Tuesday Talks with Dr. Patterson

March 3, 2015

Still Waiting on Immigration Reform

Many watched last week as the U.S. House of Representatives grappled with passing a budget bill for the Department of Homeland Security before funding for the current fiscal year was to expire.  The shutdown of this agency was narrowly averted by a couple of hours.  Some House Republicans were interested in inserting language in the budget bill that would nullify President Obama’s executive order on immigration issued in November.  Facing concern that the Senate would not support a budget bill with such language, the House settled for a bill on Friday providing a one week budget extension.  So, when the House and Senate reconvene this week, they will attempt to complete a budget bill for the remainder of the fiscal year.  Meanwhile, many in the agricultural sector continue to wait for Congress to provide needed immigration reform during this new session.  And, they have been waiting for over 15 years.

 It is estimated that among the approximate 2.4 million agricultural workers in the United States, approximately one-half are undocumented immigrants.  Agricultural employers argue that recruiting citizens or documented workers to the sector is extremely difficult, if not impossible.  This sizeable number of undocumented workers in agriculture has persisted since the mid-1990s, which was not long after the last reform to U.S. immigration laws.  That legislation, passed in 1986, provided the current guest agricultural worker visa program known as H-2A.  Agricultural employers find the H-2A program to be cumbersome and ineffective in providing guest agricultural workers.  Today, many agricultural producers continue to face labor shortages and are employing undocumented workers.

 Hope for immigration reform, including an improved guest worker program and amnesty for current undocumented workers, rose early during the last session of Congress.  In June 2013, the Senate passed the bipartisan-sponsored Border Security, Economic Opportunity and Immigration Modernization Act (S.744).  With the House neither acting on this bill nor proposing its own, the Senate bill expired at the end of the session on January 3, 2015.

 Many of the undocumented immigrant workers in the United States have families or entered the United States as children.  President Obama’s executive order issued on November 20, 2014 would have offered protection from deportation for these workers.  The Department of Homeland Security was responsible for executing the order, which is why the House attempted to insert language in its budget bill to block the order.  The order was scheduled to go into effect on February 18.  However, U.S. District Judge Andrew Hanen issued an order on February 16 barring the Department of Homeland Security from accepting applications for work permits for these undocumented immigrants.  His order followed from a suit filed by 26 states against the Obama administration.  The suit was led by Texas and was joined by Alabama and 24 other states.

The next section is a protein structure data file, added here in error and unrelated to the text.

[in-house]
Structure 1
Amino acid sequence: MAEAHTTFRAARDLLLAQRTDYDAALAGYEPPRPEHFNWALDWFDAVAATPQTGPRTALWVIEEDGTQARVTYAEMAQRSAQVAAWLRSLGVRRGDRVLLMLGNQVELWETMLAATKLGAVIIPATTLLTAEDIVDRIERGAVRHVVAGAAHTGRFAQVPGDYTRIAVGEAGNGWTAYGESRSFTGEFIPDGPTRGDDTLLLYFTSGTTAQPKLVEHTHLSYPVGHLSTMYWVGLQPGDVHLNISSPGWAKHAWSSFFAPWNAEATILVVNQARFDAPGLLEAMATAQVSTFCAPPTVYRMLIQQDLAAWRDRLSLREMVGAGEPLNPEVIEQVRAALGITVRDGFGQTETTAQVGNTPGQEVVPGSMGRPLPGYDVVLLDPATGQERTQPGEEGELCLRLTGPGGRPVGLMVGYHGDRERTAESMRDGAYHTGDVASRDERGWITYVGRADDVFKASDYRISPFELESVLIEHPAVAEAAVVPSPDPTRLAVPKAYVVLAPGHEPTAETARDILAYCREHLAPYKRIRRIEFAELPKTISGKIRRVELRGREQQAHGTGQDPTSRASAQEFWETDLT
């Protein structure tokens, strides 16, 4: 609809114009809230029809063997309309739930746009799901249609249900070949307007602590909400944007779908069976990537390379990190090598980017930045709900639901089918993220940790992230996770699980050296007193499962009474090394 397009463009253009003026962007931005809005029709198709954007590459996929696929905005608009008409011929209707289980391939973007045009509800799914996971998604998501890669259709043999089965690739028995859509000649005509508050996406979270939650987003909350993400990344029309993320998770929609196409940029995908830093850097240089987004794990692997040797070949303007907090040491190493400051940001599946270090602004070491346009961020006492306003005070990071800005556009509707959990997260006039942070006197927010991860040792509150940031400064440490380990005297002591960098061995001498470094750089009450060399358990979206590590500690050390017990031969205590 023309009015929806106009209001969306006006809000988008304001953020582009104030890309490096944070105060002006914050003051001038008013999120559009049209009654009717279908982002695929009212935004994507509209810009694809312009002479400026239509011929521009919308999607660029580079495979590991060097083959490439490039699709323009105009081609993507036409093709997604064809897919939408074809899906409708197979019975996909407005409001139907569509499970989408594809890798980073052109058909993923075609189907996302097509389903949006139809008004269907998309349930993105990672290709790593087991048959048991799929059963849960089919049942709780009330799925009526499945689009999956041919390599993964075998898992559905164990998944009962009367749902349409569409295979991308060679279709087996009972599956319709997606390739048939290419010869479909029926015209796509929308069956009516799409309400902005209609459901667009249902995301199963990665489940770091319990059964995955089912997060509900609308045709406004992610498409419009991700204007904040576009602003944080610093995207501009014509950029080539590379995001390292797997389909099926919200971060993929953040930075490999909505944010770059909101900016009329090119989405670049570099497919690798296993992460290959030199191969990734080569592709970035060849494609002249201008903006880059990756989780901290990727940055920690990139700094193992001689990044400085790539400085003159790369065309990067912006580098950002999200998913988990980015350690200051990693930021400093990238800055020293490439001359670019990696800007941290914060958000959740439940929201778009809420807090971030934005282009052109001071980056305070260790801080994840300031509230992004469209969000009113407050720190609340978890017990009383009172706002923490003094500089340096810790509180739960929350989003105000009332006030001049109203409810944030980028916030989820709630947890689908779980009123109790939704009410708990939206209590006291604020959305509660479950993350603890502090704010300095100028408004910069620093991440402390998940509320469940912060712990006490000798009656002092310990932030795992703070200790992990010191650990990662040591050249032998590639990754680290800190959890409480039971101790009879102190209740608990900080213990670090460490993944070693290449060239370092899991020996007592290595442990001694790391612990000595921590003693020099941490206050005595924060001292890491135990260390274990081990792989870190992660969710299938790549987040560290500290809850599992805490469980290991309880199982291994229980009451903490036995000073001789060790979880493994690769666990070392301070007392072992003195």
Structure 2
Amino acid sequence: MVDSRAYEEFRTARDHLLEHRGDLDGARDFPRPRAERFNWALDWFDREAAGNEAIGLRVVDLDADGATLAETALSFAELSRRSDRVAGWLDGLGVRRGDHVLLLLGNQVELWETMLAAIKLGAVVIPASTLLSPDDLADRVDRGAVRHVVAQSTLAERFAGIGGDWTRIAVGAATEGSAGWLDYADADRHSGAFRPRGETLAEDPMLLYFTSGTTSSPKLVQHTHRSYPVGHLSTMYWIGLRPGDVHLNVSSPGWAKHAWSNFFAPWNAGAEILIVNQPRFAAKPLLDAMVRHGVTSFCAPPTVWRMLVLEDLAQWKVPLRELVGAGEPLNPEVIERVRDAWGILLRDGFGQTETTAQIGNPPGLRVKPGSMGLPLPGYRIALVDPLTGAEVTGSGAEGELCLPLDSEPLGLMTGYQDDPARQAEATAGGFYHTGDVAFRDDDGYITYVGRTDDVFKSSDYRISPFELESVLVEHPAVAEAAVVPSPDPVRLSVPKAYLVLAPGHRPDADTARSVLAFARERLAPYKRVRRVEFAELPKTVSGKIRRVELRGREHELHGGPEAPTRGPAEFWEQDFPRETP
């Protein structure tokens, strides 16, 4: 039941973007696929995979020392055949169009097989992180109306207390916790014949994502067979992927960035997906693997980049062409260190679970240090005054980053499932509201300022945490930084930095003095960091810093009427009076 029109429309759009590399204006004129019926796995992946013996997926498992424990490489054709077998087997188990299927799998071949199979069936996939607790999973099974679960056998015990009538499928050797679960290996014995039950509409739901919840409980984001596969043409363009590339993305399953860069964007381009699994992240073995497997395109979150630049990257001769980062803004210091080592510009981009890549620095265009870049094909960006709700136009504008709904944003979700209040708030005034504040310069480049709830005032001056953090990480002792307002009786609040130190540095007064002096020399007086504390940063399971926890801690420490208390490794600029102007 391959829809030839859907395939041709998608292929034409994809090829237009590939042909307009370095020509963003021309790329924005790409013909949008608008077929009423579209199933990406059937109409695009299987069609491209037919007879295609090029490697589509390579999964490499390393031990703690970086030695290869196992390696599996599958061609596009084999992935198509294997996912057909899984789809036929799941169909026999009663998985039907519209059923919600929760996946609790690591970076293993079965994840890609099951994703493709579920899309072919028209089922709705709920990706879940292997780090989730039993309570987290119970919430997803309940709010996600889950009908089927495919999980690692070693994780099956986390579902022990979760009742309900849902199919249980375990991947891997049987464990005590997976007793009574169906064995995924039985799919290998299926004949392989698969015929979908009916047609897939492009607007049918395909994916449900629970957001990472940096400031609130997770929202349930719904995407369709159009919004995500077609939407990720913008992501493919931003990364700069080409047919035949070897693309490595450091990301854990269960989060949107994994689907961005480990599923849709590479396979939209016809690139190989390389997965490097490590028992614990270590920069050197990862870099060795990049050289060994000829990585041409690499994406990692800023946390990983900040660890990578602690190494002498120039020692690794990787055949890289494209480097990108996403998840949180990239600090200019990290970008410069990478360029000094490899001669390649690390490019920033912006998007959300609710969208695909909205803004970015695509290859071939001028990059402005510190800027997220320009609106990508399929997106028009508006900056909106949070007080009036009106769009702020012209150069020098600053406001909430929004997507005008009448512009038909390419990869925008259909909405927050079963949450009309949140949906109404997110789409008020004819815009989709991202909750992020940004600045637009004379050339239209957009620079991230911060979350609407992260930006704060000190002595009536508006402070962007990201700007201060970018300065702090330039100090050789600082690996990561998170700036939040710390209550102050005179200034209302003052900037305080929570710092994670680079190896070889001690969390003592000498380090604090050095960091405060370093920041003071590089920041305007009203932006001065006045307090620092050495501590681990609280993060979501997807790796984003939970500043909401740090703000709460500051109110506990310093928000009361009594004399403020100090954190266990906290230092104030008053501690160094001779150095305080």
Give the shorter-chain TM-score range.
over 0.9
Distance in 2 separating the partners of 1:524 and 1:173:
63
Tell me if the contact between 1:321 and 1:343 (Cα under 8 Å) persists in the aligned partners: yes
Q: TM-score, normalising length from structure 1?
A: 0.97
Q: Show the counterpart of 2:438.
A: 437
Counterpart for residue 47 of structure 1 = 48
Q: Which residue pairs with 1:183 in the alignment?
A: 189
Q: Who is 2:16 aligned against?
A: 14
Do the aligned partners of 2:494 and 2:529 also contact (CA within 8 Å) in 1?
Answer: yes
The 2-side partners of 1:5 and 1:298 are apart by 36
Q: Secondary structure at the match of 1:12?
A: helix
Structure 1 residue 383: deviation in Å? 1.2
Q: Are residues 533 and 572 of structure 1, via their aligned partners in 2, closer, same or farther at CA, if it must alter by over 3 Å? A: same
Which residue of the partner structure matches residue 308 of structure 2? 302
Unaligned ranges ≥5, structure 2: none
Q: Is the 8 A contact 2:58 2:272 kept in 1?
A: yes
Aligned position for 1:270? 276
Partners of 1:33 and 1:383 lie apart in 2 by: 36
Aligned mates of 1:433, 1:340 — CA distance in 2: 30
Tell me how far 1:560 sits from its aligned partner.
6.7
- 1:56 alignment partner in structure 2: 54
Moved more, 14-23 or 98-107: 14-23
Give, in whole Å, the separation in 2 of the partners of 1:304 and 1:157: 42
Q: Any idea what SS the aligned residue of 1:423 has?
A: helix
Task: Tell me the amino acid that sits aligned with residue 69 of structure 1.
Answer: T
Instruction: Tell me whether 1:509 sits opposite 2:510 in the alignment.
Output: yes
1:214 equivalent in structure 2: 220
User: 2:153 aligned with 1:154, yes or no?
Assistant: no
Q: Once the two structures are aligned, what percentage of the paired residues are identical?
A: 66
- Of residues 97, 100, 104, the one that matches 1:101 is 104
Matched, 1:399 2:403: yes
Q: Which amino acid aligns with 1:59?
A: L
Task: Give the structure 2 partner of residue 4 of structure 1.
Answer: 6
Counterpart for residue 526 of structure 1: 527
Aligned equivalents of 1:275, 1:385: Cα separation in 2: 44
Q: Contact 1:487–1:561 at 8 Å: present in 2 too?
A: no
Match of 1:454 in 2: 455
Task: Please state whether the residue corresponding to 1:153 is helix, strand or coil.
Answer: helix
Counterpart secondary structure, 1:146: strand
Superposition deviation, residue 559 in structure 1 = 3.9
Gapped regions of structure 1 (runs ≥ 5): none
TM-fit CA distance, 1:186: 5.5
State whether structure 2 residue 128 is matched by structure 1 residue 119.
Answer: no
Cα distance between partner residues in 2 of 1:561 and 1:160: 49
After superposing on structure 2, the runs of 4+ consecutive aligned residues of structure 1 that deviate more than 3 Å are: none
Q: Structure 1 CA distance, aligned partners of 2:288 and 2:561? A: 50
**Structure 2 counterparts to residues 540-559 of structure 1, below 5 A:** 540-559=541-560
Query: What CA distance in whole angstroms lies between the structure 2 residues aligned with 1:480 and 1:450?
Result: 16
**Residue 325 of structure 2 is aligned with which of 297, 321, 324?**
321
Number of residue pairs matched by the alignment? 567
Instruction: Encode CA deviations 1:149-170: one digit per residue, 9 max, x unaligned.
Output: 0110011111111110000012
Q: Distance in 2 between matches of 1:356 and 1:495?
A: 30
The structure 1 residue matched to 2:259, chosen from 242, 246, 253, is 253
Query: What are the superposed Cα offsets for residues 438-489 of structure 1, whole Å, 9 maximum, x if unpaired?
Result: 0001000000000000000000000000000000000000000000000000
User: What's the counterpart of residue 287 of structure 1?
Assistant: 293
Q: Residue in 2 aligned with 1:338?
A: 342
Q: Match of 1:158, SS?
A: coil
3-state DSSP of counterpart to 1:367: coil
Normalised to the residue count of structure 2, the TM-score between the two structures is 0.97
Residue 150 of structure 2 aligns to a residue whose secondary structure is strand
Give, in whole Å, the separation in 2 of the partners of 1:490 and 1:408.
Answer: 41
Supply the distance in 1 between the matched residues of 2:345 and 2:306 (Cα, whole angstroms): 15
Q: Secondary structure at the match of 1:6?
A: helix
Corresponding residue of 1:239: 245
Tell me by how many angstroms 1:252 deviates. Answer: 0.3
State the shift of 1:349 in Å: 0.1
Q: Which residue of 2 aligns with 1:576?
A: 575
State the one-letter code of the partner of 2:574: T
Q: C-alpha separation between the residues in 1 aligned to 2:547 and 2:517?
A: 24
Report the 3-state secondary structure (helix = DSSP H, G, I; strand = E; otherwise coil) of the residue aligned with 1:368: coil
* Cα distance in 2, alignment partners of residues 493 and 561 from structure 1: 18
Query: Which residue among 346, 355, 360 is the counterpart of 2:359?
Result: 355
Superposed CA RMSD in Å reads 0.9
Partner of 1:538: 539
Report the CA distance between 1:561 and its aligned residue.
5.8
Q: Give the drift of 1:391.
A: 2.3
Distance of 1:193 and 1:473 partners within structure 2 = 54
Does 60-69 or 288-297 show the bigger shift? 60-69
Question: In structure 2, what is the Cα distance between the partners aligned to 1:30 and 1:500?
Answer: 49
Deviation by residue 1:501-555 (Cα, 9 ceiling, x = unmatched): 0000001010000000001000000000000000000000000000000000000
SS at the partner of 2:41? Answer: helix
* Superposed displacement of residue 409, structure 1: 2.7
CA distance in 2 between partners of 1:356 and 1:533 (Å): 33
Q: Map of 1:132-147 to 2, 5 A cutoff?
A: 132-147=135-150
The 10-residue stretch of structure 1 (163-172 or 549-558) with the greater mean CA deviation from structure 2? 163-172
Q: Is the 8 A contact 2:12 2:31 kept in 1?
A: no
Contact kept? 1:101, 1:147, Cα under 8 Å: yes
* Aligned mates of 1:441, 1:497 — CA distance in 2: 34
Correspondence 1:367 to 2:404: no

Some view President Obama’s executive order as an attempt to keep immigrant families together by removing the threat of a working parent with U.S. citizen children or a young adult brought to the United States as a child being deported.  Some also felt that this was a way of providing needed labor in agriculture, construction, and the restaurant and hotel industry.  However, some feel that it could actually reduce available labor supplies in agriculture.  If allowed to be executed, workers obtaining work permits would not face the possibility of deportation.  Some workers employed in seasonal jobs in agriculture may seek employment in other sectors not facing the seasonality seen in agriculture.  Indeed, some even predicted further declines in available labor in agriculture under the executive order.  Furthermore, the Department of Homeland Security has shifted its enforcement efforts from the interior of the United States to the border.  This will make it more difficult for other undocumented workers to enter the United States, further limiting labor supplies.

 The provisions under the executive order known as the Deferred Actions for Parents of Americans and Lawful Permanent Residents (DAPA) presented other challenges in its execution.  For workers to file for work permits, they had to prove they had lived in the United States continuously since January 1, 2010.  Some workers may seek payroll records from their employers to prove their continuity in residency.  However, in making the request for these records, so they can apply for a program that will prevent deportation, they may have to explain that the documents they used to obtain employment were fraudulent.  Consultants to agribusiness firms are recommending a previously used government policy stance–don’t ask.  For the time being, Judge Hanen’s court order bars the execution of the order, so those awkward conversations between employers and their employees will not need to take place.

 The confusion over administering DAPA, the political struggle to develop a budget bill for the Federal Agency intended to protect the border and ensure safe, legal immigration to the United States, and the prospects of continued labor shortages in some sectors, including agriculture, point to the need for new legislation providing immigration reform.  For now, businesses and workers can do nothing else by wait on Congress.

 

 Dr. Paul Patterson is Associate Dean for Instruction for the College of Agriculture and Professor of Agricultural Economics.